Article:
Example No. 1: A few years ago, my husband took me there because I was having a stroke. They sent me to Poplar for a CT scan and found a six centimeter spot on the right side of my brain. Then they told me I had a sinus infection and to go home and take a Sudafed. As it turned out, he finally got me to go to Glasgow and they sent me to Great Falls. I had seven strokes before I got there and the reason was Wolf Point did not follow proper protocol. I let this go and did not do anything.
Example No. 2: About a month ago, my daughter choked on a piece of meat. It was stuck in her throat so I took her to the local ER. They did an x-ray and said there was nothing in her throat. It was only irritated. The next day, she went to work, worked eight hours and could not even swallow a sip of water. When she got home, I called Glasgow and they said she should have had a scope. Since it was Friday night, the nearest place to get a scope was in Williston, N.D. I drove her to Williston and they found a 3” piece of meat stuck in her throat. They removed it and also found she had three ulcers and one was almost perforated. They took care of the situation. I went to talk to the CEO at Wolf Point and she said she did not believe what I was saying. I told her I had a copy of the Wolf Point ER report and Williston was sending me their report. She said she did not believe me. I
haven’t been back to prove her wrong yet, but I will.
Example No. 3: Wednesday, my husband called me at work and said he was home and not feeling well. I barely could understand him. I went home and his face was droopy on one side. He could barely stand up and couldn’t see out of his right eye. He did not remember driving himself home. I recognized these as stroke symptoms. I took him to Wolf Point. He was there four hours and they did nothing for stroke protocol. Dr. Z came in, looked at him and said he had vertigo. We finally had the nurse sign us out and I took him to Glasgow. He’d had a stroke so they flew him to Billings. There was nothing they could do at Glasgow as it was past the time limit for them to have given him a shot to stop the strokes.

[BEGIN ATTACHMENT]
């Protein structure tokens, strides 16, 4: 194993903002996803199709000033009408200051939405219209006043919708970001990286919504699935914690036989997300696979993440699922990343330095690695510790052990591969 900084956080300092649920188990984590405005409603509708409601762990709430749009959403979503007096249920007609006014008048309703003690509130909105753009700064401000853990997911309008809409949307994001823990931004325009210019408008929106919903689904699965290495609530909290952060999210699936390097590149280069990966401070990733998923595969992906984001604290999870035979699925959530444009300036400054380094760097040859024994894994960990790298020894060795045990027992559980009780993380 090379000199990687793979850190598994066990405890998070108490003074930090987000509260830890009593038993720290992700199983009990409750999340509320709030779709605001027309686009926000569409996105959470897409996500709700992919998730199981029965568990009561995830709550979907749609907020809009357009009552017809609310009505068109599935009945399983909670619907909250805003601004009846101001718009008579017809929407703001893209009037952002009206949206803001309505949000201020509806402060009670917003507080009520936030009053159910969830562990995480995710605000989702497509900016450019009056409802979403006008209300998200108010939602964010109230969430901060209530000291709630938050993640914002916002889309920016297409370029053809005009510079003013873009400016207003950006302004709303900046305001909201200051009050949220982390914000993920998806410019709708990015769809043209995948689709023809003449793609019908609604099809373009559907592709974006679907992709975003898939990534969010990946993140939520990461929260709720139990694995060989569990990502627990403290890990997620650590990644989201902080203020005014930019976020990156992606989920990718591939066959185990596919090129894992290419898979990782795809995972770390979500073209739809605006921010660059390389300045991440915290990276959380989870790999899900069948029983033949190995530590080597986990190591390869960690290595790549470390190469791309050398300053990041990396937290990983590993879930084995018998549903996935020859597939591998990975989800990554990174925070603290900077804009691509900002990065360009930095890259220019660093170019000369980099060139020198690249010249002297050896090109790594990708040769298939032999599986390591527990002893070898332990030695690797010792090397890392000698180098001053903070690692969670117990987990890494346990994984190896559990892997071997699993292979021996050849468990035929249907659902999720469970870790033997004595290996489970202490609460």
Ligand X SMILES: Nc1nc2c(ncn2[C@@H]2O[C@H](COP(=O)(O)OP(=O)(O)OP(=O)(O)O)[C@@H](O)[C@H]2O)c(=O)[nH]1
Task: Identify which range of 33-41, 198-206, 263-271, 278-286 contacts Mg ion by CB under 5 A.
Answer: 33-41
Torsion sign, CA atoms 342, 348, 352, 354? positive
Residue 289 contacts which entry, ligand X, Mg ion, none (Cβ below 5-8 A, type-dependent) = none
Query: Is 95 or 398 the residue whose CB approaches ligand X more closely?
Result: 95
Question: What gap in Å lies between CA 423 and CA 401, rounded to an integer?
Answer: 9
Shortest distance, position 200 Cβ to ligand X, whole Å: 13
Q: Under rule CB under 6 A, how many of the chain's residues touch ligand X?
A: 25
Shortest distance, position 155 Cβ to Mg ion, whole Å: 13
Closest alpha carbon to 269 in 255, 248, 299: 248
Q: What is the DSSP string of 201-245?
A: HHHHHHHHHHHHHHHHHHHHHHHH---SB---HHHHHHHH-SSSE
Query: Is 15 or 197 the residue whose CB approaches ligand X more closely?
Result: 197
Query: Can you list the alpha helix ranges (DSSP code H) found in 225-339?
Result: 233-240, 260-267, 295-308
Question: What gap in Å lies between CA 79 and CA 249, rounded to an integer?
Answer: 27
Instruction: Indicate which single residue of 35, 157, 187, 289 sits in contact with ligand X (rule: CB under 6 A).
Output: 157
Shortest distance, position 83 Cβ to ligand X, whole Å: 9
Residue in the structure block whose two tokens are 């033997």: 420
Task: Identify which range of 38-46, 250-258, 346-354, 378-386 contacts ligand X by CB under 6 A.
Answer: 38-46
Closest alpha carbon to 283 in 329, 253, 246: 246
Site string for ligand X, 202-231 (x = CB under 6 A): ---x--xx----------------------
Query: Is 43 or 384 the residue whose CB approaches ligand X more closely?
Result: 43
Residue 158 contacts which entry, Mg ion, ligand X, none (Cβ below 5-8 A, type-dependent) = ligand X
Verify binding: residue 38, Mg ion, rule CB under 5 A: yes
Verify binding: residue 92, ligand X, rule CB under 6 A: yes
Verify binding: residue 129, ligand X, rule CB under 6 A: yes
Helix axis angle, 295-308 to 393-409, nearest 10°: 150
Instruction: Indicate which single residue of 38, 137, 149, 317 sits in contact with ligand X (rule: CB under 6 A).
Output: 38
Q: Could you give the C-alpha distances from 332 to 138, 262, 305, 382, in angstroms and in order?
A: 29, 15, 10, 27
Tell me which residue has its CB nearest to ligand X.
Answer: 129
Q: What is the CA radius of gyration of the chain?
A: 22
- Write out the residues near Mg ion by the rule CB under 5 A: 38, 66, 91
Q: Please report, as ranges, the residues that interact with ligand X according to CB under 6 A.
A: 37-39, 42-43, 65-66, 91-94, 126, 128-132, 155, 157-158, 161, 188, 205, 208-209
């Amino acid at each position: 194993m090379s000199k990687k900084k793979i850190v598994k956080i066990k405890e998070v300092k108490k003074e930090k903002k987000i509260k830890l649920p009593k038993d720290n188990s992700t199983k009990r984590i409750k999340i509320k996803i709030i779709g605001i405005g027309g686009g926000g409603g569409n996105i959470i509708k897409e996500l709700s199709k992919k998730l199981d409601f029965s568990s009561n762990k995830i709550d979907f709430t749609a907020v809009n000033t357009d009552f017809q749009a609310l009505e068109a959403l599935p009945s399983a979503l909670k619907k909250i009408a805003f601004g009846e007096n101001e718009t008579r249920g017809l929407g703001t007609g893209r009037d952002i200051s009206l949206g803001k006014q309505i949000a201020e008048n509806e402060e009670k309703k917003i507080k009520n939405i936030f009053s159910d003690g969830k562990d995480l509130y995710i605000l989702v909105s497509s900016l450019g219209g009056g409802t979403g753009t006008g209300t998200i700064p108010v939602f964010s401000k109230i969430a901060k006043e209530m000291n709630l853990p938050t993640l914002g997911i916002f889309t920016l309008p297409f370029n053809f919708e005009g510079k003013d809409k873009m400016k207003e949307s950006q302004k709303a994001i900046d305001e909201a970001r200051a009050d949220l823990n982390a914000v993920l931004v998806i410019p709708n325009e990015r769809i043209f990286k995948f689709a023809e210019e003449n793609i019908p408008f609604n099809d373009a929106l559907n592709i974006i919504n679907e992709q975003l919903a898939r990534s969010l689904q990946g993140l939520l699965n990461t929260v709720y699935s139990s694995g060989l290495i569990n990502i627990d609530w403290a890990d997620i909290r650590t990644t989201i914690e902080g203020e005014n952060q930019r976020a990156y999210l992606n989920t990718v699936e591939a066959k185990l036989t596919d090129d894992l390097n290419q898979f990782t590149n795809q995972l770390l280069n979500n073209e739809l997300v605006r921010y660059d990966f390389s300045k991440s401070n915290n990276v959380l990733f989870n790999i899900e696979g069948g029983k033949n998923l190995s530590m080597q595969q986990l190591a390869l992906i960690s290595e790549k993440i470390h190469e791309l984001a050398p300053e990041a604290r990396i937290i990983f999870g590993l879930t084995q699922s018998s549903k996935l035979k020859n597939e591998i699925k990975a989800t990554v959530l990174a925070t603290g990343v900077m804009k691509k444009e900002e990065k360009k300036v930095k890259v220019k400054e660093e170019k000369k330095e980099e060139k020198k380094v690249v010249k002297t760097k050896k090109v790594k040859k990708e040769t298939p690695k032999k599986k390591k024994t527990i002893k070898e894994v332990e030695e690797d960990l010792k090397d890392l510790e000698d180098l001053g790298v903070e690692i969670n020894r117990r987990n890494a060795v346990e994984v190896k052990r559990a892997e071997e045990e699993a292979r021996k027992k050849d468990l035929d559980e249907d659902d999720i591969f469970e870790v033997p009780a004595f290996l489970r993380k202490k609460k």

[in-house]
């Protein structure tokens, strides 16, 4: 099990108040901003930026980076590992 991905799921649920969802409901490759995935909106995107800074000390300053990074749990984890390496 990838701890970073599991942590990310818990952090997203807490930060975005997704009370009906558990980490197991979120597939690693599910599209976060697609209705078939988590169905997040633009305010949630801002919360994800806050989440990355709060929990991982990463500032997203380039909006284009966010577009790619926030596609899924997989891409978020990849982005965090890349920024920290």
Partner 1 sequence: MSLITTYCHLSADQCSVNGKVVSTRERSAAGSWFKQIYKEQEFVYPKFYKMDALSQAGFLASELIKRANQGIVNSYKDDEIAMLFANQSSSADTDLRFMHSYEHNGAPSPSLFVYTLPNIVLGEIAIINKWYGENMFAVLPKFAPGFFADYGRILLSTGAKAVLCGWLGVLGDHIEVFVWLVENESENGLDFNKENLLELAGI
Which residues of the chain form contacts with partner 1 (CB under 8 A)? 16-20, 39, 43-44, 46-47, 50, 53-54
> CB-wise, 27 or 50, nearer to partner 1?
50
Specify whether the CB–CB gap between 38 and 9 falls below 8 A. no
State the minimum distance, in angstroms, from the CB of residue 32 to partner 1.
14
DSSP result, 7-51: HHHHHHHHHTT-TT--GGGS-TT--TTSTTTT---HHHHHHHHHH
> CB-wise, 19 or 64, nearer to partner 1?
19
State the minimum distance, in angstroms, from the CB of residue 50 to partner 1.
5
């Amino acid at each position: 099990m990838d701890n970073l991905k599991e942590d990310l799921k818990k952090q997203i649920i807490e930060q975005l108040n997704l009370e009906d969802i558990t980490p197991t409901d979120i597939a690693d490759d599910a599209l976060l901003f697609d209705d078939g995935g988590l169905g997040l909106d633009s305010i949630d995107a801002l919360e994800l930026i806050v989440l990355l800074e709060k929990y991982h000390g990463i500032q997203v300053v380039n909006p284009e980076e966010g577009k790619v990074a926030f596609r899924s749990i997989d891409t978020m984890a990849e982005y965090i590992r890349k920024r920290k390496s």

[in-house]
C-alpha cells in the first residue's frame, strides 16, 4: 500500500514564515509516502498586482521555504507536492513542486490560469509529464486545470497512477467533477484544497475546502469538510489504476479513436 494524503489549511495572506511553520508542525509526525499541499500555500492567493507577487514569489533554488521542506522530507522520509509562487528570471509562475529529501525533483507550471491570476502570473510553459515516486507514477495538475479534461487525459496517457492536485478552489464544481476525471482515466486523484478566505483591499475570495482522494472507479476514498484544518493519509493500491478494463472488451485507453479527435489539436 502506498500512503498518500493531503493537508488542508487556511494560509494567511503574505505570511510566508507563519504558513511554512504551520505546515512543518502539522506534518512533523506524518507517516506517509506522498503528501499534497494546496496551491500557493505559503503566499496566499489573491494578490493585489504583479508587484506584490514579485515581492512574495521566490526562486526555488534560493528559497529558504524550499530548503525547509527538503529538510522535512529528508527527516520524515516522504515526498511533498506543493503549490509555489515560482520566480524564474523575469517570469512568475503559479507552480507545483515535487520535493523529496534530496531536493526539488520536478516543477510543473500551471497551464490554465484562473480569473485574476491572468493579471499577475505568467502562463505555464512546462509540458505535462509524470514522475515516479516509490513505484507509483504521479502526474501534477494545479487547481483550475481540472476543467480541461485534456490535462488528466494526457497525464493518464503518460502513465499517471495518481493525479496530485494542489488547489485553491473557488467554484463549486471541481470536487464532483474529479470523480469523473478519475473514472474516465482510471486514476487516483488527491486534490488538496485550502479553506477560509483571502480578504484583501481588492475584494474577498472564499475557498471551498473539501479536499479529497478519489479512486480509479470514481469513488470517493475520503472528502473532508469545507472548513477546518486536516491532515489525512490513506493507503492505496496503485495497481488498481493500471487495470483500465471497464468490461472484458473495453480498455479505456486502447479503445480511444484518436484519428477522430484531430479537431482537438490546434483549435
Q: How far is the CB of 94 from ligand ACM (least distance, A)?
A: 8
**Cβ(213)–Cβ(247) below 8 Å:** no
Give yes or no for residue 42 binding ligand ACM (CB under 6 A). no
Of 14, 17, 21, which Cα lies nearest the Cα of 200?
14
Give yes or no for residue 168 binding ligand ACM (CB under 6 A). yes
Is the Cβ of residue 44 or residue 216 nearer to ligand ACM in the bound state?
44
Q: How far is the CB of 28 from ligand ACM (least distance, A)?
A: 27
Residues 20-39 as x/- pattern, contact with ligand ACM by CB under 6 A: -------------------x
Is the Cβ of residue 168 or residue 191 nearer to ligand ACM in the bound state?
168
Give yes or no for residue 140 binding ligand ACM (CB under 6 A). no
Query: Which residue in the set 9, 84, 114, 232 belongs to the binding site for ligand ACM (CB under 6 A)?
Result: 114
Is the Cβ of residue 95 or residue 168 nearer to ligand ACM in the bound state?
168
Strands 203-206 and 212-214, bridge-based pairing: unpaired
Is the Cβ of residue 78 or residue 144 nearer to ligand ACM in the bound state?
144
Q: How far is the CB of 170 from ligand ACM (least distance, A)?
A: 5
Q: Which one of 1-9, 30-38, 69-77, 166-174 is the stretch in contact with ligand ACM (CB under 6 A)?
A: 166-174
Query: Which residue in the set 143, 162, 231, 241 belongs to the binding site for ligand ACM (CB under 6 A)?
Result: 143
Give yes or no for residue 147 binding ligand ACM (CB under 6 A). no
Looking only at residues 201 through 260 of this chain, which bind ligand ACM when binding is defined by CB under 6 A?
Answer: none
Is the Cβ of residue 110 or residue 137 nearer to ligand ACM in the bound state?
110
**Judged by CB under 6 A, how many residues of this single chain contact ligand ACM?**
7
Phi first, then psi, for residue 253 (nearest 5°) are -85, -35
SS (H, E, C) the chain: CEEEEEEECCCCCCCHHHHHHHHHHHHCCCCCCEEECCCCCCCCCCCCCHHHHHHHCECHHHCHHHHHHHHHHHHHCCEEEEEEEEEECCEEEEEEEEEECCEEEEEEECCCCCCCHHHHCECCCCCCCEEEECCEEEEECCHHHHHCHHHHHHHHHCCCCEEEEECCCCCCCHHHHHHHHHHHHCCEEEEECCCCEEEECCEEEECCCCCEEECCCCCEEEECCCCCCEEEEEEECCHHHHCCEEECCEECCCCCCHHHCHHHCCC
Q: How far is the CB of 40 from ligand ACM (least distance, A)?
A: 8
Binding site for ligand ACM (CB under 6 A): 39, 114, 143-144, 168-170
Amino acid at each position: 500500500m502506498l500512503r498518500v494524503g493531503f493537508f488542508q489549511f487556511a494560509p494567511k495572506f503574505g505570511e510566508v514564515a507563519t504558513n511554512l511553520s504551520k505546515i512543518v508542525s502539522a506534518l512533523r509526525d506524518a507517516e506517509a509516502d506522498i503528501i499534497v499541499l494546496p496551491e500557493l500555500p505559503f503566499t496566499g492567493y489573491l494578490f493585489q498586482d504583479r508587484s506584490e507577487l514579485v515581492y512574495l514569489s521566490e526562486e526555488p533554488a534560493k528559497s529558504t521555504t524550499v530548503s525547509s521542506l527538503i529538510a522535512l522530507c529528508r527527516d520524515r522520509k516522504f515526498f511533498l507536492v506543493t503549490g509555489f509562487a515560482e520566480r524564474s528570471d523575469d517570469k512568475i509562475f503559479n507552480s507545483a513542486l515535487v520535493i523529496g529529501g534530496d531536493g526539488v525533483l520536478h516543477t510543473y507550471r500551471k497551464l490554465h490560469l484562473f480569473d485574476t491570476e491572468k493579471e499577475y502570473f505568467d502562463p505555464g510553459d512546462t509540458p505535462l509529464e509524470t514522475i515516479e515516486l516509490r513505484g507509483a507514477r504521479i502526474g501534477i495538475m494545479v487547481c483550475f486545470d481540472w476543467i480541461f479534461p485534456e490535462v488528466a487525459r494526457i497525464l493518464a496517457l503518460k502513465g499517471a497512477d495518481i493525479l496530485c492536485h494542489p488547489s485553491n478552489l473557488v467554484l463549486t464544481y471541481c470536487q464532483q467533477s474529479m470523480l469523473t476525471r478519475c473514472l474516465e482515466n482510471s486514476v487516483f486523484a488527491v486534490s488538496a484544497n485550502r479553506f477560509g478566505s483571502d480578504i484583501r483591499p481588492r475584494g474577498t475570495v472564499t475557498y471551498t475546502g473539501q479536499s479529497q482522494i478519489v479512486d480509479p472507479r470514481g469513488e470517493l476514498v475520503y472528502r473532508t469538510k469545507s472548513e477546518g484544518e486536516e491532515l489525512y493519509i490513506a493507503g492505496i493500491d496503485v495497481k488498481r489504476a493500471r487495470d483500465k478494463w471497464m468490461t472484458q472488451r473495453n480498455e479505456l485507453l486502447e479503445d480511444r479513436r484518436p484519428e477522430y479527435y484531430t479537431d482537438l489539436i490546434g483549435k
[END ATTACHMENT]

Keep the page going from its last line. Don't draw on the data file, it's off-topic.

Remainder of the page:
He was admitted to Billings Hospital. The next morning, he had another stroke. They were light, but the doctor said that they were warning signs of a bigger stroke if gone untreated.
Now I ask you, what can people do to stop the negligence that is happening here? We need better services that they are giving here at Trinity ER. It’s time people start doing something. I also had a nurse there try to inject Bedizened into my pick line. My husband stopped her and called for another nurse who said if she had injected it, it would have killed me. What kind of treatment is that?
I firmly believe it is time to stand up to this hospital and make sure we all have proper medical treatment. When our pet was ill, I took him to our local veterinarian and they gave better treatment that what Trinity ER does. I feel we all need to stand up for what is happening here.
Lois Blankenship
Wolf Point
(Editor’s Note: “I did meet with the Blankenships and members of their family about two months ago,” said Peg Norgaard, NEMHS CEO, when asked about the incidents. She said she cannot comment other than to say she listened, asked questions and offered to help because of the federal HIPPA privacy statute.)